I found someone throwing away a stack of 8 foot split cedar fence railings. I brought home a few and split them lengthwise. I now have tomato stakes and fence posts for the chicken wire I use to keep out critters.

  17. Karen

    It definitely seems to have been windier here as well this spring. We have bamboo (both running and clumping) and I’ve taken advantage of what I once thought was a nuisance and use it for staking. I’ve saved the rims from my broken clay pots thinking I’d use them for plant markers for my herbs. I’ll have to try out a paint pen like you mentioned. To help ward off birds and deer, I hang old CD’s in the garden, using repurposed shelf brackets screwed to a hefty wooden stake. Even at night when some pesky critters are more active, I can see the glint as they spin in the breeze.

  18. Texomamorganlady

    I love gardening, or, I did. Fighting the heat, drought and mostly, the fire ants, has done me in. Someone is going to make good money off me at the farmer’s market this year!

    1. Texas Homesteader Post author

      Oh yeah, heat, drought & fire ants are a constant battle – and BERMUDA GRASS! Frustrates me to no end, but it’s in my blood & I’ve just gotta garden. ~TxH~

  19. Eileen

    I use milk jugs with the bottoms cut off.. I tell folks I am growing dairy! 😀 Anyway, it works great here at Windy Thistle Farm. We’re on top of a ridge in the Missouri Ozarks and the wind is just vicious. This does work and the plants do get along fine after a week or so.

    1. Texas Homesteader Post author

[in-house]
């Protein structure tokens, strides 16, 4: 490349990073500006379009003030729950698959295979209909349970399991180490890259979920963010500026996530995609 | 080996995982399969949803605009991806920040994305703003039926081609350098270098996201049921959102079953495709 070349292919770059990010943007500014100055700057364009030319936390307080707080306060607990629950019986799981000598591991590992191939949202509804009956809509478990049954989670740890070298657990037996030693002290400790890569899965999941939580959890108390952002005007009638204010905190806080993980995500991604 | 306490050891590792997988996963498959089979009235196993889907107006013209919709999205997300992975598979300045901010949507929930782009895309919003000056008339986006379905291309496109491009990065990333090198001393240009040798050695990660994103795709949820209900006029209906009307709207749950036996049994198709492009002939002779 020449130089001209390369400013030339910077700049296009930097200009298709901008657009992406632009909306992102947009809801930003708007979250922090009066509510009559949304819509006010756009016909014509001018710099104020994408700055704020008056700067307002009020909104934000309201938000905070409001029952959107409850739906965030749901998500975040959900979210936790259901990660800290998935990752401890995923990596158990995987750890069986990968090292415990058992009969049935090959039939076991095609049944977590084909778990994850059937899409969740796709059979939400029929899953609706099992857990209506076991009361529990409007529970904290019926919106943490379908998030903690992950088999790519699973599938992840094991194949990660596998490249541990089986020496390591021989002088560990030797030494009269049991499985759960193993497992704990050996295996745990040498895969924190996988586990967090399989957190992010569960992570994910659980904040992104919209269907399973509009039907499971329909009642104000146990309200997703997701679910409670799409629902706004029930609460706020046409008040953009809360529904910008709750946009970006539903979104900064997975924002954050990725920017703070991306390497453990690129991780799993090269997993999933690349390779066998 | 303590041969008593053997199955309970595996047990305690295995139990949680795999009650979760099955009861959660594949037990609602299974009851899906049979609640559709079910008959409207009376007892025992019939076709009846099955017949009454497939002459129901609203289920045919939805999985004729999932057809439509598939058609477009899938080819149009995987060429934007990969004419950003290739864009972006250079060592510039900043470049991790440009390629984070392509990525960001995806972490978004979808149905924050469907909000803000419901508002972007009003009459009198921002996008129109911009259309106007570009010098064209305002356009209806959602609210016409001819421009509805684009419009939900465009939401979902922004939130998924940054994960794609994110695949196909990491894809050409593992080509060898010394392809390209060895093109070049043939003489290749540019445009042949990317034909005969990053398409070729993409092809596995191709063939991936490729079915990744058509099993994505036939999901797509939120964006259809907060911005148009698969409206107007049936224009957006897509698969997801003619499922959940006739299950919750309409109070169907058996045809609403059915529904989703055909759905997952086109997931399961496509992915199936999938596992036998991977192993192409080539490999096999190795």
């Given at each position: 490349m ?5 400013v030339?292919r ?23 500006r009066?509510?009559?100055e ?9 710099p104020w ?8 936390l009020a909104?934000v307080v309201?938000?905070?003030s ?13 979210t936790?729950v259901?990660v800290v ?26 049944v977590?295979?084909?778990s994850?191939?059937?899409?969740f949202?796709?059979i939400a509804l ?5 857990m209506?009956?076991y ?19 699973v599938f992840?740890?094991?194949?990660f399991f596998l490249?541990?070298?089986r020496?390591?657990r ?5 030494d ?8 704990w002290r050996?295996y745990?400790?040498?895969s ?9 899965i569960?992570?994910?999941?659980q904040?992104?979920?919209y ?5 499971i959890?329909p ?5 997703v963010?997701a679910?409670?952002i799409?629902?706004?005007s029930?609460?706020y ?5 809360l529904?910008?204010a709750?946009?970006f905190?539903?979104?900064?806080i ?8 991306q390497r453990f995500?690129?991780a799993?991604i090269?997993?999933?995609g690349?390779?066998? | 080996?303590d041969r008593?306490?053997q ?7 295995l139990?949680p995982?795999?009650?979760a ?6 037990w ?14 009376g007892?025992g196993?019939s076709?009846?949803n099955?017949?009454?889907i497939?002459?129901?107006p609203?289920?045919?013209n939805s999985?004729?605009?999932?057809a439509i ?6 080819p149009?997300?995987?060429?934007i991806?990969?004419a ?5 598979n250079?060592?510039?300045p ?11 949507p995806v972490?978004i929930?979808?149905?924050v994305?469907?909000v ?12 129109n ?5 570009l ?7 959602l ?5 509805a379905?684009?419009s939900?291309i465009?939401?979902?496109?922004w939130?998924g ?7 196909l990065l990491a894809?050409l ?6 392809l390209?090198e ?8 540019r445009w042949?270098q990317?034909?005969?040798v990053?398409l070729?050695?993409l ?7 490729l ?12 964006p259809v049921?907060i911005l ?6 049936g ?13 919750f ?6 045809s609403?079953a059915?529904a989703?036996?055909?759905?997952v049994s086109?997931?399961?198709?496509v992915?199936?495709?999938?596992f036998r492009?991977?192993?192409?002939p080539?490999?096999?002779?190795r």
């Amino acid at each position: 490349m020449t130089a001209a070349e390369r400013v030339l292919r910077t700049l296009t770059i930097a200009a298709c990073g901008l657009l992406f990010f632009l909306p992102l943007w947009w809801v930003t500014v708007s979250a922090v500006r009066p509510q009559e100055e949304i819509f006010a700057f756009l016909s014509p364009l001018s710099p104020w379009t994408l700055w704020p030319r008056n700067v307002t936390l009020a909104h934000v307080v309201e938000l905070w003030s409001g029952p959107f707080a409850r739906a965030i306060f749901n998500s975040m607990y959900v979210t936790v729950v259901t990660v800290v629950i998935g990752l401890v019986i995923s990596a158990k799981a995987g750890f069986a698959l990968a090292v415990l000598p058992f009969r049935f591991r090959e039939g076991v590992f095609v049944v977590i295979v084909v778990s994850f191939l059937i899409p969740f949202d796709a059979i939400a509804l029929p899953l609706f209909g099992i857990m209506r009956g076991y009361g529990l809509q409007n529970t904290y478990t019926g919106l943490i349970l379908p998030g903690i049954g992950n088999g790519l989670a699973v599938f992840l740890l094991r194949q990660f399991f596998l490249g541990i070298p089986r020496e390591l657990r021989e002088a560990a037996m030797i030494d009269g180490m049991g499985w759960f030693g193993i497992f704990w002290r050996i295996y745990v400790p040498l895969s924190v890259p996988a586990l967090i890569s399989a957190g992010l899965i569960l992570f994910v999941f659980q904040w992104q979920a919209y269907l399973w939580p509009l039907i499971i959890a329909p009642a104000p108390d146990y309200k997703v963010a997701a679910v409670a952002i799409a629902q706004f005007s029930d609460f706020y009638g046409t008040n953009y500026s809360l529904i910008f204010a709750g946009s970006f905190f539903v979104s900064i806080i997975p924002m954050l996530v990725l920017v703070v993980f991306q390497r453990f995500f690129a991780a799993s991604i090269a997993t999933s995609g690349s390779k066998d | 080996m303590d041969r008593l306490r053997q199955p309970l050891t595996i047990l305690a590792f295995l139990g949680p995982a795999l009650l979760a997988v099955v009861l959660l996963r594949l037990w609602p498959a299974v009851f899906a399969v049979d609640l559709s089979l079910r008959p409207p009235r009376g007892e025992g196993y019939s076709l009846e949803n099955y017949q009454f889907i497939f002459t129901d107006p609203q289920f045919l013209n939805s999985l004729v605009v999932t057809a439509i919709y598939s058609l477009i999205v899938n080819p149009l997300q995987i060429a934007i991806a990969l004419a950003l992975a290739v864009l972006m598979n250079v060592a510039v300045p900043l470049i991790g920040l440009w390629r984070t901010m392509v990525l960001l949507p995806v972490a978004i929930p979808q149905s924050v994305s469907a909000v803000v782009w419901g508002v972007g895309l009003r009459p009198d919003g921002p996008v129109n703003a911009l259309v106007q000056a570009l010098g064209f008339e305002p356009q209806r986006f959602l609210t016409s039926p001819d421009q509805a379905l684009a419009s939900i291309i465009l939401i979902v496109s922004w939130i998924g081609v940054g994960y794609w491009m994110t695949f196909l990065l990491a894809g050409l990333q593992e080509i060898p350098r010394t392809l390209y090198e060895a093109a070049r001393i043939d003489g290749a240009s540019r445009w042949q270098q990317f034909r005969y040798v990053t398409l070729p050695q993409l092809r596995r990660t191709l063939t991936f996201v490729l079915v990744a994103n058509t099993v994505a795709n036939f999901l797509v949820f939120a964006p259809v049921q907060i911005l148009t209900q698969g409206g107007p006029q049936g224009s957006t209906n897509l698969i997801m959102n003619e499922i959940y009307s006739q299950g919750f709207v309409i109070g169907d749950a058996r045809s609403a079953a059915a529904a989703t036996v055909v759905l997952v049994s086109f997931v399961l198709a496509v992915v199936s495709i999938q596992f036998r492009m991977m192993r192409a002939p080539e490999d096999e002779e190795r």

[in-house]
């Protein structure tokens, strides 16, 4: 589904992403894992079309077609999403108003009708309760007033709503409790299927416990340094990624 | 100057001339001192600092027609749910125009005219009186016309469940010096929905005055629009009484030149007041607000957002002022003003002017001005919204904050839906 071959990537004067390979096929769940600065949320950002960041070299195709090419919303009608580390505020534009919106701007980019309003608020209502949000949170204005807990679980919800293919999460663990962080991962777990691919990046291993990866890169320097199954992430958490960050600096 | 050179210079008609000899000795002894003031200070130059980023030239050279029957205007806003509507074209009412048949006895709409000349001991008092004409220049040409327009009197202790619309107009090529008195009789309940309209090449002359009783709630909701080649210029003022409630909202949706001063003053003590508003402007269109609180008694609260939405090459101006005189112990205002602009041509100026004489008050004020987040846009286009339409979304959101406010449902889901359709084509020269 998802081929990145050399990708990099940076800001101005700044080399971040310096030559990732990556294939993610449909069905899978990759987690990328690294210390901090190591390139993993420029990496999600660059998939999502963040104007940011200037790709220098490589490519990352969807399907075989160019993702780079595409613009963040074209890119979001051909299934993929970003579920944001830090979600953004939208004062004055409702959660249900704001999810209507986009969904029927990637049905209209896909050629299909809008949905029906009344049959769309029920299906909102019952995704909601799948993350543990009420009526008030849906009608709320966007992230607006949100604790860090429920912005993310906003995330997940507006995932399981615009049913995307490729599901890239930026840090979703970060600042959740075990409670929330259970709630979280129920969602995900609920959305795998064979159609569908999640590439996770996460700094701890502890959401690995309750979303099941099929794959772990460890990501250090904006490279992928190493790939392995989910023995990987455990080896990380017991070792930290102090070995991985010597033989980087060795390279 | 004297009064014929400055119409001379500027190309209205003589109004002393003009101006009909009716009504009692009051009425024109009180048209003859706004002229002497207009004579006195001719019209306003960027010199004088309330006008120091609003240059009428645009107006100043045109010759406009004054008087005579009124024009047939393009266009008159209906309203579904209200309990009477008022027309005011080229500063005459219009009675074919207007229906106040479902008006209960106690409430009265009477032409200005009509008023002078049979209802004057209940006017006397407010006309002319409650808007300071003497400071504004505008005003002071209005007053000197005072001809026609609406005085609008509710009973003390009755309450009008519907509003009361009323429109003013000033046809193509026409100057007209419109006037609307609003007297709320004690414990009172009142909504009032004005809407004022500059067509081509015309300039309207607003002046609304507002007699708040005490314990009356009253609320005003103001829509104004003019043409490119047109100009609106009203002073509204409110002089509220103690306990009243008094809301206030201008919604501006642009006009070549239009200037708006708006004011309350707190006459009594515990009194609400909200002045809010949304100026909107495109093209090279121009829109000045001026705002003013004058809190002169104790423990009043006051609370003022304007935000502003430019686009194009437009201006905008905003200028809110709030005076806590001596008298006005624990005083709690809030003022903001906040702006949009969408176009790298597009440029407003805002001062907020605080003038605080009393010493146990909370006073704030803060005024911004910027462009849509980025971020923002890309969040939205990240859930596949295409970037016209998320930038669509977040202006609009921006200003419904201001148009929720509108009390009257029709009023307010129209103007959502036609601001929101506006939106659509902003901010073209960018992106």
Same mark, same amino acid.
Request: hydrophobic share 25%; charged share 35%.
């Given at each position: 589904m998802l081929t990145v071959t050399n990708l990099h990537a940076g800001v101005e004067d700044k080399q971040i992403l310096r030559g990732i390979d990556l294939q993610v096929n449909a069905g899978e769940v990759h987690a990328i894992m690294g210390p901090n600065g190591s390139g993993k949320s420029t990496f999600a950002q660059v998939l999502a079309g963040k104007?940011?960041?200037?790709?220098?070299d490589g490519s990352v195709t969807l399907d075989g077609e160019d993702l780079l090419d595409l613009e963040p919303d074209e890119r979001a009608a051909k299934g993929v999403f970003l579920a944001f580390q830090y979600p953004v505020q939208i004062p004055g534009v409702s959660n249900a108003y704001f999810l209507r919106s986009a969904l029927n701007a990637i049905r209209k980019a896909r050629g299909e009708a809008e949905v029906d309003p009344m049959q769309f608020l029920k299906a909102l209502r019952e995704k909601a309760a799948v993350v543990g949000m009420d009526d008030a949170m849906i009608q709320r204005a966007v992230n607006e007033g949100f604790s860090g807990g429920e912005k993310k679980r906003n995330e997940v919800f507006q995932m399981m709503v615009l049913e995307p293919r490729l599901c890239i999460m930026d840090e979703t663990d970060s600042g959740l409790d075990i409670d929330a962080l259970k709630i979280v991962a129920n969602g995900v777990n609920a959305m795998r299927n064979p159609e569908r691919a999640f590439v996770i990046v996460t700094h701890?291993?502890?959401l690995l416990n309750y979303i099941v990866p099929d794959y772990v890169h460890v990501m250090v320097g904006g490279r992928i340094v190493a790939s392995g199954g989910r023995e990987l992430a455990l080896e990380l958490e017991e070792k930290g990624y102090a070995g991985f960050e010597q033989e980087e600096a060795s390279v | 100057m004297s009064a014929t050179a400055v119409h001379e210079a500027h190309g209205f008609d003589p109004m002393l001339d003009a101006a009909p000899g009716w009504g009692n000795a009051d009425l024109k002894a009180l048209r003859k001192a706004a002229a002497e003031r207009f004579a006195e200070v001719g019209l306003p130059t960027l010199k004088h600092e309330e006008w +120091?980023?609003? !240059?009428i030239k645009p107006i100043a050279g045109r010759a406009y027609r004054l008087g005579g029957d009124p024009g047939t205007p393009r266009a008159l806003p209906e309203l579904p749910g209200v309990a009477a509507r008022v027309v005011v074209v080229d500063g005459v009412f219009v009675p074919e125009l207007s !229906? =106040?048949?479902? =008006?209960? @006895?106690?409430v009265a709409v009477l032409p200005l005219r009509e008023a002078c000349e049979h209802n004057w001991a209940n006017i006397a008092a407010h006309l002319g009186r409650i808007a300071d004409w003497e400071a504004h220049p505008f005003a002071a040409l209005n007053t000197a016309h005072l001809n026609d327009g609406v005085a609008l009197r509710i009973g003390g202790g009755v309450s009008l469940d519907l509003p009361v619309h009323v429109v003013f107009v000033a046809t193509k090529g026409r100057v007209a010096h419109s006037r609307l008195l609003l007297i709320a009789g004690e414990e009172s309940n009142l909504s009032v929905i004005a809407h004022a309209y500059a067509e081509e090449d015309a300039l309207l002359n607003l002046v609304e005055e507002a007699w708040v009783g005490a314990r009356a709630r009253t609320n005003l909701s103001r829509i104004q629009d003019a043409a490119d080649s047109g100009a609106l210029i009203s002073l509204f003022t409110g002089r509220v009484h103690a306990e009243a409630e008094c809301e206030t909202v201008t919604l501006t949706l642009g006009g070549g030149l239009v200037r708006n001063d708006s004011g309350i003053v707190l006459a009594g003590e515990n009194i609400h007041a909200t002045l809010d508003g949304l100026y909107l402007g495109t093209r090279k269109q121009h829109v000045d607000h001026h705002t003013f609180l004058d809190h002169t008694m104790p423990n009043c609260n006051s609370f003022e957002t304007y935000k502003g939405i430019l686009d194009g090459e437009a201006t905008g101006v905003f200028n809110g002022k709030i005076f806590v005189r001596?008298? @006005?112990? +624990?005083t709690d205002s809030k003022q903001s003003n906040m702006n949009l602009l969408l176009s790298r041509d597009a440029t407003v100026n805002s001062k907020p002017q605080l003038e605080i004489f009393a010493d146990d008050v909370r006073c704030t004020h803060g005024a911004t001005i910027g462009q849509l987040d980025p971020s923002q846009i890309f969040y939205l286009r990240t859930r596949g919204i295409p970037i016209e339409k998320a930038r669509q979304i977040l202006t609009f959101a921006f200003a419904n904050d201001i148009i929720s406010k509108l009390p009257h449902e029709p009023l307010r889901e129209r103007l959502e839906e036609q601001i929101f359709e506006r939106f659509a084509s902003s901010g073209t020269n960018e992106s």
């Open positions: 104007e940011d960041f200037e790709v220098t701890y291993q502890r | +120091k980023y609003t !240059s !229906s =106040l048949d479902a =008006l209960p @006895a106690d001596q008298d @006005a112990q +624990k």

Awesome Eileen, thanks for the tip. Sounds like there are lots of folks that deal with the same wind issue. One question – how do you keep the wind from blowing away the milk jugs? ~TxH~

  20. ColleenB.~Texas

    your garden looks wonderful and everything is growing quite well from the looks of your pictures.
    I like your markers for your herbs :} I have also used broken clay pots as markers. I just don’t have the heart to throw anything away especially if it’s usable.

    For young seedlings I have used vegetable cans or even the metal coffee cans if you can still find them by removing the top and bottoms of the cans and pushing them in the soil over your seedlings which protects them from the strong Texas winds.

    Cutting the bottoms off milk cartons also work and leaving the cap off or can also cut part of the top off as well. Milk cartons also make for wonderful little greenhouses as well as soda bottles.

    Have never had cucuzza squash. You must let us know what it tastes like.

    1. Texas Homesteader Post author

      I’ve seen the cans lining the veggie gardens before Colleen but I always thought they were for cutworms. I’ll have to give that a try as well & experiment with what works best here. Thanks so much (as always) for your thoughtful comment & helpful advice! ~TxH~